For a little while now I have been running multiple web servers which I would like to access from the internet. Up until now I would just add a NAT translation on a random port to be able to connect to the correct web server. This works as designed but isn't very sleek. I therefore decided to setup a load balancer / reverse proxy to be able to access all web servers on a single IP and port (80/443).

The load balancing soution which I would use had to offer at least to following:

  • Easy setup and configuration
  • TLS (Come on people, SSL has long been dead ) offloading
  • Load balance decision based on hostname
    • one.example.com and two.example.com should point to different back ends

I played around with a couple of solutions such as:

  • HAProxy
    • Easy setup and use but the hostname differentiation wouldn't stick
  • F5 BIG-IP
    • Enterprise level feature set; too many bells and whistles for now
  • Zen
    • Not easy to get into
  • Apache Mod Proxy
    • My Apache knowledge is lacking

In the end I decided on using a solution which I haven't seen around much: Pound

What Pound is:

  1. a reverse-proxy: it passes requests from client browsers to one or more back end servers.
  2. a load balancer: it will distribute the requests from the client browsers among several back end servers, while keeping session information.
  3. an SSL wrapper: Pound will decrypt HTTPS requests from client browsers and pass them as plain HTTP to the back end servers. (Also support HTTPS connections to the back end servers, red.)
  4. an HTTP/HTTPS sanitizer: Pound will verify requests for correctness and accept only well-formed ones.
  5. a fail over-server: should a back end server fail, Pound will take note of the fact and stop passing requests to it until it recovers.
  6. a request redirector: requests may be distributed among servers according to the requested URL.

What Pound is not:

  1. Pound is not a Web server: by itself, Pound serves no content - it contacts the back end server(s) for that purpose.
  2. Pound is not a Web accelerator: no caching is done - every request is passed "as is" to a back end server.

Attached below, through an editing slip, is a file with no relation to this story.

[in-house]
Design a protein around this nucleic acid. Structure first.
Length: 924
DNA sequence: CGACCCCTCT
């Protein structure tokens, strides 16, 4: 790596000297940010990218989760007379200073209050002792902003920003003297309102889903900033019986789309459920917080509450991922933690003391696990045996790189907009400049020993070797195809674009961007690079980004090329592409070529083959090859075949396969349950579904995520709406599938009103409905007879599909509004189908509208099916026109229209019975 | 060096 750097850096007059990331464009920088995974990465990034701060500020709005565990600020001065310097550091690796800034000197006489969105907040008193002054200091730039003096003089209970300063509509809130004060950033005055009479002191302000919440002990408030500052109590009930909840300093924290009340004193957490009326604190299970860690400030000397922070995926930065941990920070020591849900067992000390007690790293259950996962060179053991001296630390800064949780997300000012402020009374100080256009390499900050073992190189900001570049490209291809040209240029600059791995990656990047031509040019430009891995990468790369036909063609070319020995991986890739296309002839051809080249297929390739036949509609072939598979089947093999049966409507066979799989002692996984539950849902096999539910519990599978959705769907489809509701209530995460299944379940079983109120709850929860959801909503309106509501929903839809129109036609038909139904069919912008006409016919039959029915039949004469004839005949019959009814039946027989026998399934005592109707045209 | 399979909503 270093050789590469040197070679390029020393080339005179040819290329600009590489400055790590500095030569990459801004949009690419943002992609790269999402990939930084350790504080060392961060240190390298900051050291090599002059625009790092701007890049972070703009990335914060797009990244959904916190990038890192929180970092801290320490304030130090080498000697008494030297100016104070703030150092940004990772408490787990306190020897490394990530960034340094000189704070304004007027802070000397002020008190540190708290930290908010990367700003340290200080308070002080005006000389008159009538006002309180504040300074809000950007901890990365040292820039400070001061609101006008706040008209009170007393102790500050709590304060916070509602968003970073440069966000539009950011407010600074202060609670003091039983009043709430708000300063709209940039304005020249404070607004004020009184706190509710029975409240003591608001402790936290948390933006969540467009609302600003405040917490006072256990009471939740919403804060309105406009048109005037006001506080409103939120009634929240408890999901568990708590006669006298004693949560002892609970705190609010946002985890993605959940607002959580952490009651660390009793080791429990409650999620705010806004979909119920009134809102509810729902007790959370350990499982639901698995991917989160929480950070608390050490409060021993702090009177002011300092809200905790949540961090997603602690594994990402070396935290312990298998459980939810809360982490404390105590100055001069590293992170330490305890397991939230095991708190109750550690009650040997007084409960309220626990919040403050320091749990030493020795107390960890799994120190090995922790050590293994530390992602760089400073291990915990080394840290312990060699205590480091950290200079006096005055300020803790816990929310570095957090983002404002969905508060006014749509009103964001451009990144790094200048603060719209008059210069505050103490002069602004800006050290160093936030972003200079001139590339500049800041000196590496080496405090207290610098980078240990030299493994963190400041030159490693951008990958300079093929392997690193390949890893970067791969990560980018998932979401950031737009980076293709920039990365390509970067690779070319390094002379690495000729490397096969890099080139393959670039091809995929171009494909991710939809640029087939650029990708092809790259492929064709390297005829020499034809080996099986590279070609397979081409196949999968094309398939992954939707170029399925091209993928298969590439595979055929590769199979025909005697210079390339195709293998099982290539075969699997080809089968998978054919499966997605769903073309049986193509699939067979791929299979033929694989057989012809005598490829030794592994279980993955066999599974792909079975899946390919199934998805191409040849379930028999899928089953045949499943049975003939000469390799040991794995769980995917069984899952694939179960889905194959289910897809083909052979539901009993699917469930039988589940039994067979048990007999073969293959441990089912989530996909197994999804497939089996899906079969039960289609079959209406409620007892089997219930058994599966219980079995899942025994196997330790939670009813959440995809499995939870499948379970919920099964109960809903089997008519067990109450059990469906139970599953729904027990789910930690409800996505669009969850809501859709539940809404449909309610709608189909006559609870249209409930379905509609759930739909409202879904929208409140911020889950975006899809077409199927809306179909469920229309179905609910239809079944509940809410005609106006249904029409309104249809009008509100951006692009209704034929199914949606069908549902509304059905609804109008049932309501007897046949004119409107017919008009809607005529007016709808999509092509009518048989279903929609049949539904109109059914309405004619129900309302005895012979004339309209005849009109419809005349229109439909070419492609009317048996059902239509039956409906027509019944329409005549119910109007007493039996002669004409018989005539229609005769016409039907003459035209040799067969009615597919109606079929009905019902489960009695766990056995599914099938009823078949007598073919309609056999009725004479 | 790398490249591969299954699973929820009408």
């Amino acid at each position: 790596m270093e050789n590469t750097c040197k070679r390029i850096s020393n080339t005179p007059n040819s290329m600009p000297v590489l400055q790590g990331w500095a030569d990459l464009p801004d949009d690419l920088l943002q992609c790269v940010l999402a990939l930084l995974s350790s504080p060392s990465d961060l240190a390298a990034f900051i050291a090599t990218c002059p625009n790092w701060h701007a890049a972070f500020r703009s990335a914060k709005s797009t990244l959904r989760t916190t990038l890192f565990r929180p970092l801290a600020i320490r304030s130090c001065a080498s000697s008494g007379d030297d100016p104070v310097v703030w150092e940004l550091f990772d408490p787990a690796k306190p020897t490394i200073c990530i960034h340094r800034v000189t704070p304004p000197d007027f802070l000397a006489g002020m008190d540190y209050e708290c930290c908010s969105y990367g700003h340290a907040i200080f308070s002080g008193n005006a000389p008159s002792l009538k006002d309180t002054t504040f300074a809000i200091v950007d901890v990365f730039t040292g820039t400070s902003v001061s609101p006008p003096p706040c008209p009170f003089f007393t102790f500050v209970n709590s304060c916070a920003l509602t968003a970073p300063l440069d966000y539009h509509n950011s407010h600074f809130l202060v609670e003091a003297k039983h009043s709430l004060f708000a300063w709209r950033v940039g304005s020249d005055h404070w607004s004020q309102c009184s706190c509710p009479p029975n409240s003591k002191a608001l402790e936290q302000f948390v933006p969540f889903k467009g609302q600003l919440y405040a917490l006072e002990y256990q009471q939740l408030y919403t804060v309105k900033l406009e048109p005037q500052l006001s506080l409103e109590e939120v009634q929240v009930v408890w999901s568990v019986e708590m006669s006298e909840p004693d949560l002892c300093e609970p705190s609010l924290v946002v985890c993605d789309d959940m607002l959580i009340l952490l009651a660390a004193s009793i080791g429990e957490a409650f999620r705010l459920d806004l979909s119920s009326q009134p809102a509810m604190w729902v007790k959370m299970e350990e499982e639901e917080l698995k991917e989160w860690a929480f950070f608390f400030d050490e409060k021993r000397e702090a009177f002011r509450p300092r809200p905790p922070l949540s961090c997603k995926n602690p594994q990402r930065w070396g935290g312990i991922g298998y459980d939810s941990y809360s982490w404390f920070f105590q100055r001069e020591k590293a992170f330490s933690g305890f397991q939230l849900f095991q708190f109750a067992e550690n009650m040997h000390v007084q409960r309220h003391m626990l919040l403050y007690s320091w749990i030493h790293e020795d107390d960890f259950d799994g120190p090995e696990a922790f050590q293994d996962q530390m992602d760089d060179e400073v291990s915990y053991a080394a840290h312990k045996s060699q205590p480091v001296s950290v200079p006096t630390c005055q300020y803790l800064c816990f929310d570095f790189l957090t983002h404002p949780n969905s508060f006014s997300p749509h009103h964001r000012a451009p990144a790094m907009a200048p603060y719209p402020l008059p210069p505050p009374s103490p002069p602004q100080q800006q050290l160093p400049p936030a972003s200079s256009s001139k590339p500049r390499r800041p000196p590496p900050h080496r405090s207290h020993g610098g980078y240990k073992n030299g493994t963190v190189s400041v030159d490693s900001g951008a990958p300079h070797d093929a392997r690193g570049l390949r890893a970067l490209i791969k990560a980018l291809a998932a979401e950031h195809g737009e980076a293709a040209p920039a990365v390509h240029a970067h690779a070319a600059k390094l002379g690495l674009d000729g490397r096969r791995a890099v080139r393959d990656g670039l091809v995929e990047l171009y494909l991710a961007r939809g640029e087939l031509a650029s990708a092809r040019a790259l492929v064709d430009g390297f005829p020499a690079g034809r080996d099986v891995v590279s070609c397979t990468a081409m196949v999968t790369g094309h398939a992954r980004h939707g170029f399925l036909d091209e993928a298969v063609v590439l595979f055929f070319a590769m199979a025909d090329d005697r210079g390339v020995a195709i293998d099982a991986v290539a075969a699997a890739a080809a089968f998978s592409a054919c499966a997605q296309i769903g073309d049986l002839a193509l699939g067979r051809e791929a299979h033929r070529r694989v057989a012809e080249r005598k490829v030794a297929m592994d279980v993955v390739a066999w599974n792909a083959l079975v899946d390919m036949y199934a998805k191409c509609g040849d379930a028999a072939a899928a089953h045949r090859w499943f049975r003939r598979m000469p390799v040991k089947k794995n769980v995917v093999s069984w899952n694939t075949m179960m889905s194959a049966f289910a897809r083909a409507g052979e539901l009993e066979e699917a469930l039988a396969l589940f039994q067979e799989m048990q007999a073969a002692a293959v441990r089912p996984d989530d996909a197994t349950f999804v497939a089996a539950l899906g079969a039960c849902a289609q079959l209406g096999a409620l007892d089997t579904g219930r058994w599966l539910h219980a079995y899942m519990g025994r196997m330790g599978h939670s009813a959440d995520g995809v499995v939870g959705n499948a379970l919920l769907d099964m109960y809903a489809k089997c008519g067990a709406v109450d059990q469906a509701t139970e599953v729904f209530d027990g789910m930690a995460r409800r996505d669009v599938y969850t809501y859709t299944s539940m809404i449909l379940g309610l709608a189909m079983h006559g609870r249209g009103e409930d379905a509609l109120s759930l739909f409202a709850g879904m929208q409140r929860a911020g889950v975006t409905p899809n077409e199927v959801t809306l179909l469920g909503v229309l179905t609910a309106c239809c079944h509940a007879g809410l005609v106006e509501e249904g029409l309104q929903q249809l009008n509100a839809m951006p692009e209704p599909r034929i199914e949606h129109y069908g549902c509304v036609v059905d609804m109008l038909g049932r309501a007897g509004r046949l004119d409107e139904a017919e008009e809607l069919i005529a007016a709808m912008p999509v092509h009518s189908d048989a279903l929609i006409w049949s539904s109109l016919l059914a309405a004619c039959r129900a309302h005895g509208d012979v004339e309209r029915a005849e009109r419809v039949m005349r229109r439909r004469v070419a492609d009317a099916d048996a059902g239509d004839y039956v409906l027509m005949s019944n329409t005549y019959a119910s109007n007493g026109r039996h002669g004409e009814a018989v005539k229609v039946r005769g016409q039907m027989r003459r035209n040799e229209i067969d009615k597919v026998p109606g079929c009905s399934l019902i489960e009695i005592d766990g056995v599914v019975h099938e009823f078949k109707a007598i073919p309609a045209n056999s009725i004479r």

Architecture

During this tutorial we will be using three different hosts. The web servers are serving different web applications. We will not be setting up load balancing right now, as I do not require this for my home environment.(I do not have redundant web servers) The Pound server will also offload TLS, but connections to the back ends will also use TLS (rather than be being clear text) with a self singed certificate. All hosts will be running Ubuntu 14.04 LTS Server Edition.

  1. Pound
    • The Pound Load Balancer/Reverse Proxy
  2. one.example.com
    • Back end web server/application one
  3. two.example.com
    • Back end web server/application two

Architecture

Installation

Repository and Pound version

The version available in the Ubuntu repository is v2.6. As we will require a couple of options (Such as DisableSSLv3 and SSLHonorCipherOrder) which are not available in that version, we will be building the latest (currently Release 2.7 R81) version from source.

Build and Install Pound

  1. Make sure your OS and Packages/Software are up-to-date.
    sudo apt-get update && sudo apt-get upgrade -y && sudo apt-get dist-upgrade -y && sudo apt-get autoremove -y

  2. Create a working directory for Pound. Next, change directory to the new folder
    sudo mkdir /etc/pound sudo mkdir /etc/pound/certs cd /etc/pound

  3. Install make, GCC, OpenSSL and libssl-dev (OpenSSL Development tools) packages from the Ubuntu repository using apt-get.
    sudo apt-get install make gcc openssl libssl-dev -y

  4. Download the latest version from the Pound website and untar the archive.
    sudo wget http://www.apsis.ch/pound/Pound-2.7.tgz sudo tar -xvf Pound-2.7.tgz

  5. Change directory into the new folder and run configure to get prepare the system to build Pound. Use the --with-dh=2048 parameter to be able to use Diffie-Hellman 2048bit
    cd /etc/pound/Pound-2.7/ sudo ./configure --with-dh=2048

  6. Compile Pound (This might take some time as it will generate the Diffie Hellman parameter and key)
    make

  7. Install Pound
    sudo make install

    If, like me, you have done step 4,5 & 6 a thousand times but was never 100% what you were doing, take a look at George Brucklehurst's article on configure, make and make install here.

  8. Pound is now installed, let's clean up a bit
    cd .. sudo rm -rf /etc/pound/Pound-2.7*

Configuration

The configuration file for Pound is located at '/usr/local/etc/pound.cfg'. I like to have things in one place so I created a symbolic link to the config file in /etc/pound/
sudo ln -s /usr/local/etc/pound.cfg /etc/pound/pound.cfg

The config file is divided into four pieces: General, Listeners, Services and Back ends. We will start of with the General part.

General